Tips for Living in Japan
Read a short entry on Japanese culture, including language, customs and etiquettes. Maybe you would find out something that you were always curious of.
Lesson 40An energetic life after retirement
Japan is increasingly becoming an aging society. According to a survey carried out by an affiliate of a life insurance company, the hobbies people most want to enjoy after their retirement include travel, sports (exercise), enjoying gourmet cuisine, and reading books.
The reasons for having hobbies vary, including "keeping the brain active" and "a fulfilling retirement life". All of them seem to play a role in maintaining a healthy mind and body.
Source : Japan Institute of Life Insurance
Lesson 39Tatami mats
Tatami mats are a traditional Japanese flooring material. They are made from compressed rice straw covered with an outer layer of woven igusa rushes. These days, new building materials like styrene foam are often used instead of rice straw. The distinctive feature of tatami mats is that they are cool in summer and warm in winter.
The size of tatami in the Kanto Region is 176 centimeters long and 88 centimeters wide. In the Kansai Region, they are a little bigger.
Tatami have long been used in Japanese houses, but as lifestyles have become westernized, the number of houses with tatami-floored rooms has decreased. However, quite a few Western-style houses and condominiums still have at least one Japanese-style room with tatami mats.
The size of a room is often described as the number of tatami mats it can contain. If you can immediately imagine the size of a room hearing "six mats", you are a real authority on Japan!
Lesson 38Preparation for disasters
For several days after a major disaster occurs, you may not be able to acquire daily necessities. You will feel more secure if you have prepared an emergency kit ready for an emergency. The kit should include water (pet bottles), emergency food, torch, batteries, and medicine. Another essential item is a portable radio so that you can get the latest information.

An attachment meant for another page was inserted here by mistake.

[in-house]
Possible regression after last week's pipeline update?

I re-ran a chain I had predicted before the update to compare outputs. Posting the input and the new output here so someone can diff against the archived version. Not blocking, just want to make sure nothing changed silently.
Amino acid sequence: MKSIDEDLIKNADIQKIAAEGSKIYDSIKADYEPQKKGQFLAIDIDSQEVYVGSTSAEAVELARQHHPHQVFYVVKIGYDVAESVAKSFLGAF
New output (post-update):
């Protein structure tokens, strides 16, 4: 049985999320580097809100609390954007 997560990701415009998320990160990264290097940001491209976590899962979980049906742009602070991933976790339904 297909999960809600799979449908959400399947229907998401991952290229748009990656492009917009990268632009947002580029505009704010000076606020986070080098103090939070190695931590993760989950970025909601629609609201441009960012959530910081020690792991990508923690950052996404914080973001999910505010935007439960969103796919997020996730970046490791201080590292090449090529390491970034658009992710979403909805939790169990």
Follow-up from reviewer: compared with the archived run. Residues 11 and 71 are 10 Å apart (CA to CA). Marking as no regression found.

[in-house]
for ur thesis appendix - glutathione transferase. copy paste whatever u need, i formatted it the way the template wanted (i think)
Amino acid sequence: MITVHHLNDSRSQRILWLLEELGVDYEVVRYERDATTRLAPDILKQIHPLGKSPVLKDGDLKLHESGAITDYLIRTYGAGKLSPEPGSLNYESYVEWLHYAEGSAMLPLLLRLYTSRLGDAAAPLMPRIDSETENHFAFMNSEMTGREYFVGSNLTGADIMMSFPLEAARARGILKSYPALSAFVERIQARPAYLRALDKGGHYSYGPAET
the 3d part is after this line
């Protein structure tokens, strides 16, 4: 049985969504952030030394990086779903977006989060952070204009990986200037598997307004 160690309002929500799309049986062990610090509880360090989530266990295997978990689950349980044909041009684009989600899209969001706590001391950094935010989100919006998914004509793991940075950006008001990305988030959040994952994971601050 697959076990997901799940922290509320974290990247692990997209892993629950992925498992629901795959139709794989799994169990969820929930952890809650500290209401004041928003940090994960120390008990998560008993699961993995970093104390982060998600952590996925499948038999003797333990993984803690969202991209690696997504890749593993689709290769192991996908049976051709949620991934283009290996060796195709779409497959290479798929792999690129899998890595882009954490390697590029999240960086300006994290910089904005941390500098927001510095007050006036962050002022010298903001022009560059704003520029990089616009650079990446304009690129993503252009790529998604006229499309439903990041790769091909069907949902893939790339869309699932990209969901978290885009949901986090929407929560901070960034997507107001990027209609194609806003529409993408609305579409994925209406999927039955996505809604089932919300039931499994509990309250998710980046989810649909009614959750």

It's also important to take precautions against furniture toppling in an earthquake, such as fixing them to the wall. When the Great Hanshin Earthquake occurred in 1995, the major cause of death was crushing by collapsing houses or falling furniture. If a large item of furniture falls over, it can not only hurt you but may also hinder you from seeking shelter or prevent people rescuing you.
The basis of damage prevention is to avoid what can be avoided before it happens.
Thanks to Japan's four distinct seasons, the Japanese are very sensitive to the changing seasons.
When you write a formal letter, it's good manners to begin with some seasonal greeting. And you should seize any opportunity for conversation by starting with the topic of the weather. When you start talking to someone you've just met for the first time, talking about politics does not create a comfortable atmosphere. It's also better to avoid starting off with some personal matters, because the Japanese consider keeping some distance from other people as being very important.
Here are two expressions that show how closely the Japanese associate with the weather. I wonder if you've ever heard of a hare-onna, which means "a fine-weather woman" or an ame-otoko, "a rain man"? For some reason, a hare-onna always seems to take fine weather with her when traveling or going out, whereas an ame-otoko always seems to produce rain when it's least wanted! In fact, the Japanese qualify themselves as a hare or an ame! Which type are you?
Lesson 36Beauty salons and barber's
When you want your hair cut, you got to a biyôin, meaning "a beauty salon" or a tokoya, meaning "a barber's." At a barber's, you can even get your face shaved. We'll introduce some expressions that are commonly used at both beauty salons and barber's shops.
We've already learned maegami in the skit. It means "fringe." You can also simply say mae to mean the same.
It's also useful to remember eriashi, meaning "the hairline above the collar," and momiage, meaning "sideburns."
When you want to have a perm, you say pâma o onegai shimasu --"I'd like to have my hair permed."
And if you don't particularly mind about your hairstyle or length, you can just say Omakase shimasu, meaning "I'll leave everything up to you."